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irishmedals

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  1. After a quick look, all 3 medals certainly look genuine with nice patina. The 1916 medal also has the older and thiner top suspender bar but a rather tatty ribbon. I personally don't mind if ribbons are tatty as it adds a bit of personality and originality. Pity the seller hasn't used the word 'Irish' in the item heading as it would attract more bidders who search for Irish Medals. €8000......interesting starting price! too high maybe?
  2. Hello tommobecket and welcome to the forum, Sadly i cannot add further research to what Irish1916 has already told you about the medals etc. However what you have already is an amazing history of Denis Byrne. I am sure there are many collectors and families who don't have half the information you have on their medals, well done for your research and hard work. Could his name have been spelt in the Irish language as Donnacha O'Broin? Did he ever live overseas, UK or USA? this might explain why he never applied for the pension until 1935. I have never (to date) seen a pension file or application from the original Pensions Act of 1924, most were from the later 1930s, 40s and 50s. I also wonder how the Minister of Defence actually contacted those persons in 1924 bearing in mind many fled overseas. Were there notices in the newspapers? word of mouth? I guess by the 1940s it was easier to publish adverts advising veterans of pensions etc. Anyway, good luck with your research and keep posting any updates as i am sure we will all be interested in developments.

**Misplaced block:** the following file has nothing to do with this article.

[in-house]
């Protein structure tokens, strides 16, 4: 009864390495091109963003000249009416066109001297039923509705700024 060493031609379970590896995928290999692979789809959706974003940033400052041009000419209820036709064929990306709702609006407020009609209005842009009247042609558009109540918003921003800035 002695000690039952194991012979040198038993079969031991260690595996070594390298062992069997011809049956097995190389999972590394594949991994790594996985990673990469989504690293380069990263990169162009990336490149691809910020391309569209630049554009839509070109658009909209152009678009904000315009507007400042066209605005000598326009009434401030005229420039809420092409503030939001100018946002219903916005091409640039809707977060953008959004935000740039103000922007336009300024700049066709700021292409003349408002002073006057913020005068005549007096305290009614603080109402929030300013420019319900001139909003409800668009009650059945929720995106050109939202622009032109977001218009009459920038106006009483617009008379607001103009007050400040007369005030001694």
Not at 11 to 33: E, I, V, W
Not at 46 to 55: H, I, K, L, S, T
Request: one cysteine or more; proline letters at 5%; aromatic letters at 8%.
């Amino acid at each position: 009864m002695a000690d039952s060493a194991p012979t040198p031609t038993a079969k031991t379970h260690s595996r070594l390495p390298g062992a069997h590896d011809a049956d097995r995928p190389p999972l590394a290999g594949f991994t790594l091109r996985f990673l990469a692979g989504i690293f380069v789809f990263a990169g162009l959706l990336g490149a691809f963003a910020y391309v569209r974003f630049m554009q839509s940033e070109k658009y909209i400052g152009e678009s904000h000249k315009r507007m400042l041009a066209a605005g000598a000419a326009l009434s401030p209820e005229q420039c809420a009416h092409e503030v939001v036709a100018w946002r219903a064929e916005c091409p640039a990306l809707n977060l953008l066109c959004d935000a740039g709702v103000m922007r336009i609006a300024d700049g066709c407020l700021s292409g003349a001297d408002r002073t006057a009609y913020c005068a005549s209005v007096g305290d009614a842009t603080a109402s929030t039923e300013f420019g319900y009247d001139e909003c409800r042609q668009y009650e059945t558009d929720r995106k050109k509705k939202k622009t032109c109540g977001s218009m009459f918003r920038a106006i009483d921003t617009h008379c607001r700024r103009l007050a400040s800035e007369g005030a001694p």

3. In 2003 i visited the old museum in Collins Barracks in Cork city. They have maybe 15 of the M27 helmets on display of various colours and some with original front mounted badge. I think one of the historians there might be able to give you further information. The museum has moved to a new location in the Barracks and i think you still need to view by appointment only. I spoke to 2 people one being Gerry White, the barracks number is: 021 4514000. Perhaps one of the most incredible items that was on display was the Comrac medal postumously awarded to Michael Collins.